The National Resources Conservation Service released its latest statewide snowpack report last week, and what seemed a particularly hard winter to many has actually been subpar for most.
As of April 1, the Arkansas and Rio Grande river basins showed well-above-average snowpacks, with totals of 109 and 115 percent, respectively. While the combined San Juan, Animas and Dolores basins were 101 percent of average, five major river basins to the north reported totals well below average. The combined Yampa and White basins showed the least, with a snowpack just 73 percent of average. Statewide, the early April snowpack was a gaunt 88 percent of average.
“Colorado continues to feel the brunt of a deeply entrenched El Niño weather pattern as the 2010 snowpack nears its normal seasonal maximum,” Mike Gillespie of the NRCS stated in his April 5 report. “The latest snow survey, conducted by the USDA-Natural Resources Conservation Service, indicates little to no significant improvement in snowpack percentages during the month of March.”
NRCS State Conservationist Allen Green added that Colorado’s snowpack percentages remained unchanged from March 1 to April 1, though this year’s snowpack has improved monthly, compared to that of last year. By the first of April, this year’s total stood at 92 percent of April 2009 — an improvement of 10 percent since the March 1 comparison a month earlier.
Gillespie explained that the continuation of this winter’s El Niño pattern has resulted in below-average snowfall and precipitation throughout the northern river basins, while storm tracks have graced the southern basins with near, or slightly above-average, moisture.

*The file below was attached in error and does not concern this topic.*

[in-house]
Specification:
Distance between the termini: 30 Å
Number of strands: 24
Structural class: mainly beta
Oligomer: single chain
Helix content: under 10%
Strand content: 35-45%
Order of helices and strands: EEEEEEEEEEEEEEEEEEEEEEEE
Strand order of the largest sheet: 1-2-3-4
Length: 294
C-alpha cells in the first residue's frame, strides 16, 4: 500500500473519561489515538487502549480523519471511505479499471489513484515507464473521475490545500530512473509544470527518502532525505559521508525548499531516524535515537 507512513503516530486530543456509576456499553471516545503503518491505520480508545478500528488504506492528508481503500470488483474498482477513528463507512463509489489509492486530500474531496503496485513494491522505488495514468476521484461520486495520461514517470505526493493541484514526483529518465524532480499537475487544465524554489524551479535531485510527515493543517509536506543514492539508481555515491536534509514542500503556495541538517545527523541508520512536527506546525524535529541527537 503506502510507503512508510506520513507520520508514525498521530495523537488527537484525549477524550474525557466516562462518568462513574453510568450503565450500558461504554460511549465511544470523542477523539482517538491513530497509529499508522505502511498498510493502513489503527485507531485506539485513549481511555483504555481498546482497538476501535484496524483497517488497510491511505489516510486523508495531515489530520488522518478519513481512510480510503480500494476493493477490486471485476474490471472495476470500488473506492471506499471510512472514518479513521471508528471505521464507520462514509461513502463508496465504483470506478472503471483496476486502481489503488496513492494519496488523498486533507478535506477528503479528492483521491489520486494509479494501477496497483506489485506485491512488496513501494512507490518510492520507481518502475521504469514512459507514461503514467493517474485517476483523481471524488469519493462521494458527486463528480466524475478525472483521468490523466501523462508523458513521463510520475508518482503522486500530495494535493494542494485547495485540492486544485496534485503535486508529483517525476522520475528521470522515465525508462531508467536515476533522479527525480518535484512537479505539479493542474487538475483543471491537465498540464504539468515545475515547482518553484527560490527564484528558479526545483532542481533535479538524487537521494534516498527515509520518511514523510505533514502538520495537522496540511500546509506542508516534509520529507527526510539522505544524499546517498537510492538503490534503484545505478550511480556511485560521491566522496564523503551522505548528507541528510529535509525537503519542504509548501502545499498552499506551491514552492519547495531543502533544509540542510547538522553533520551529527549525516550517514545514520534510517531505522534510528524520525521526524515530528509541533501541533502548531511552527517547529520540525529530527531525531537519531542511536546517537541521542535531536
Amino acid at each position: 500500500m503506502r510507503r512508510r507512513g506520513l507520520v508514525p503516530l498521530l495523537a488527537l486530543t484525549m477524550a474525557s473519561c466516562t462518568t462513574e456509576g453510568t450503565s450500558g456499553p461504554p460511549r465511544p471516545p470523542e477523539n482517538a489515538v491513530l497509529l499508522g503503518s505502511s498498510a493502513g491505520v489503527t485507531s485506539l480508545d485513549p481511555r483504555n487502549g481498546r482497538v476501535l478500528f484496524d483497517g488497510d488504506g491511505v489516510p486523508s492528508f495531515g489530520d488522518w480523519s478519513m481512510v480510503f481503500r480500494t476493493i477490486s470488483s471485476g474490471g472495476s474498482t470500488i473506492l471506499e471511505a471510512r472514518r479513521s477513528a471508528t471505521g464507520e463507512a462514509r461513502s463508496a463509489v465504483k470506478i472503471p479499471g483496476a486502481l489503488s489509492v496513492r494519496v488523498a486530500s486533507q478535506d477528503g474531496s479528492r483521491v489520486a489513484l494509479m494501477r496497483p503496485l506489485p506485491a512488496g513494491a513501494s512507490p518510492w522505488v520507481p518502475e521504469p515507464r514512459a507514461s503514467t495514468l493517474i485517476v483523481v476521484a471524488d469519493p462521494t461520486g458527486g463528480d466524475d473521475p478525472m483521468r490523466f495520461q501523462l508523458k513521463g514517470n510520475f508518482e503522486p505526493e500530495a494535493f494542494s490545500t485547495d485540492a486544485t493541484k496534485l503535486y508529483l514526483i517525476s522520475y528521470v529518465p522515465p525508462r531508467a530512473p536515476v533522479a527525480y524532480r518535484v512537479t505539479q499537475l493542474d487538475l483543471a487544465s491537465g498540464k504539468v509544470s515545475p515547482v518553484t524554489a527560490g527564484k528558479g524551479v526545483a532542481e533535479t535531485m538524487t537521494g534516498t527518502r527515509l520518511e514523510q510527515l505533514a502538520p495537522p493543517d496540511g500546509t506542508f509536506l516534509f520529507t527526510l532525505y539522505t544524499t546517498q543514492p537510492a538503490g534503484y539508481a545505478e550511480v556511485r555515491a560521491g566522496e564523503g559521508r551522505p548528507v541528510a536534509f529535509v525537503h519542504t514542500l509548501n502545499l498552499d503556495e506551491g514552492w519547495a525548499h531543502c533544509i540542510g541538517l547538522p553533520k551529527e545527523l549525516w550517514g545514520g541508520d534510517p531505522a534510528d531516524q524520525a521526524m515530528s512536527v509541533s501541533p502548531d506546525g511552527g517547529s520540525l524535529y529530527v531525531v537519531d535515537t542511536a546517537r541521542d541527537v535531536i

In his report, Gillespie added, “In a typical year, mountain snowpack totals reach their seasonal maximum totals during the month of April. This leaves only a few weeks remaining where improvements can be made. Given the current deficit across northern Colorado,” he continued, “the odds of reaching a near average snowpack remain at less than 10 percent at this time.”
As one would expect, with much of Colorado under a marginal snowpack, Gillespie believes the outlook for spring and summer water supplies will also fall short of normal expectations. That, because only portions of the southern basins will see near average runoff, while runoff in the northern basins will be below — to well below — average. Again, only the Arkansas and Rio Grande basins should see average or better runoff this season.
If Gillespie’s report contains a silver lining, it’s that reservoir storage remains at or near average across most of the state. Statewide, it stands at 106 percent of average, while northern basins with the lowest snowpack actually claim the highest percentages of average storage.
The Rio Grande basin is one of just two Colorado basins containing below-average storage. With storage at 90 percent of average, though, it also holds the state’s highest percentage of average snowpack at 115 percent.
If any basin in the state has cause for concern regarding late summer water supplies, it’s the combined San Juan, Animas and Dolores basins. With an almost average snowpack (101 percent) by April 1, its water storage was just 87 percent of normal for the date. Compared to April 2009, this year’s combined basin storage is just 81 percent of last year’s total.
As Gillespie said, it’s unlikely that Colorado will achieve an average snowpack by the end of April. To get there, in fact, El Niño would have to end immediately, thus allowing significant storms to track further north, while still bringing meaningful precipitation across southern regions.
Current weather models don’t seem favorable. Here in Pagosa Springs, for instance, we’ve seen 0.28 inches of precipitation so far this month, mostly in the form of two inches of snow. While we normally receive 1.36 inches of April moisture — including five-and-a-half inches of snow — recent storms have not materialized as predicted, and the forecast suggests a drying and warming trend, with brief unsettled disturbances amounting to minimal rain or snow.
With that in mind, however, today and over the weekend should bring sunny to partly cloudy skies, with daytime temperatures ranging in the 70s. While that kind of weather won’t likely ease concerns over late-season water supplies, it may go a long way in quelling community-wide complaints of constant gray skies and seemingly endless winter.